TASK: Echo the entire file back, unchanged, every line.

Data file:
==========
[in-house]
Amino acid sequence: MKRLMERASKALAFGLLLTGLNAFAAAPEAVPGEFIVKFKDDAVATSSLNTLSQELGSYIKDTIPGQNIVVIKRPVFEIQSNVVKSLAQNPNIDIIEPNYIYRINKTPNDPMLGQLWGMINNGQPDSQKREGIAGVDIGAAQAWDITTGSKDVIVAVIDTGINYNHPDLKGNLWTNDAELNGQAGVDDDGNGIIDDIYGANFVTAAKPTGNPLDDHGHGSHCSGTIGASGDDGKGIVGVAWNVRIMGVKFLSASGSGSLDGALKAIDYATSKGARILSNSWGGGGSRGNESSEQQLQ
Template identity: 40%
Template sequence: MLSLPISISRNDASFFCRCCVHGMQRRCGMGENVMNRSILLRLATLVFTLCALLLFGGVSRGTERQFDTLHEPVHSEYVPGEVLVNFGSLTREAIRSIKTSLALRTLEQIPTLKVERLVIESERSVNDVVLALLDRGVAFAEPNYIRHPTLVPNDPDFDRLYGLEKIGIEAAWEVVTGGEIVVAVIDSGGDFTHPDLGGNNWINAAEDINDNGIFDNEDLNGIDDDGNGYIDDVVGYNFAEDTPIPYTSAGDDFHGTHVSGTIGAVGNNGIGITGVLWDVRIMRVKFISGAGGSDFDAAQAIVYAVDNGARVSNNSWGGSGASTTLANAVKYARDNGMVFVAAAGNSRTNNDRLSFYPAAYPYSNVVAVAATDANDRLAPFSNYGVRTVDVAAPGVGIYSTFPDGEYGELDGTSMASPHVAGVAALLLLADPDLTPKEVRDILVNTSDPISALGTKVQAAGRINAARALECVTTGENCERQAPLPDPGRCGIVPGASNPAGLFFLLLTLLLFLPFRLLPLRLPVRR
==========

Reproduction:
[in-house]
Amino acid sequence: MKRLMERASKALAFGLLLTGLNAFAAAPEAVPGEFIVKFKDDAVATSSLNTLSQELGSYIKDTIPGQNIVVIKRPVFEIQSNVVKSLAQNPNIDIIEPNYIYRINKTPNDPMLGQLWGMINNGQPDSQKREGIAGVDIGAAQAWDITTGSKDVIVAVIDTGINYNHPDLKGNLWTNDAELNGQAGVDDDGNGIIDDIYGANFVTAAKPTGNPLDDHGHGSHCSGTIGASGDDGKGIVGVAWNVRIMGVKFLSASGSGSLDGALKAIDYATSKGARILSNSWGGGGSRGNESSEQQLQ
Template identity: 40%
Template sequence: MLSLPISISRNDASFFCRCCVHGMQRRCGMGENVMNRSILLRLATLVFTLCALLLFGGVSRGTERQFDTLHEPVHSEYVPGEVLVNFGSLTREAIRSIKTSLALRTLEQIPTLKVERLVIESERSVNDVVLALLDRGVAFAEPNYIRHPTLVPNDPDFDRLYGLEKIGIEAAWEVVTGGEIVVAVIDSGGDFTHPDLGGNNWINAAEDINDNGIFDNEDLNGIDDDGNGYIDDVVGYNFAEDTPIPYTSAGDDFHGTHVSGTIGAVGNNGIGITGVLWDVRIMRVKFISGAGGSDFDAAQAIVYAVDNGARVSNNSWGGSGASTTLANAVKYARDNGMVFVAAAGNSRTNNDRLSFYPAAYPYSNVVAVAATDANDRLAPFSNYGVRTVDVAAPGVGIYSTFPDGEYGELDGTSMASPHVAGVAALLLLADPDLTPKEVRDILVNTSDPISALGTKVQAAGRINAARALECVTTGENCERQAPLPDPGRCGIVPGASNPAGLFFLLLTLLLFLPFRLLPLRLPVRR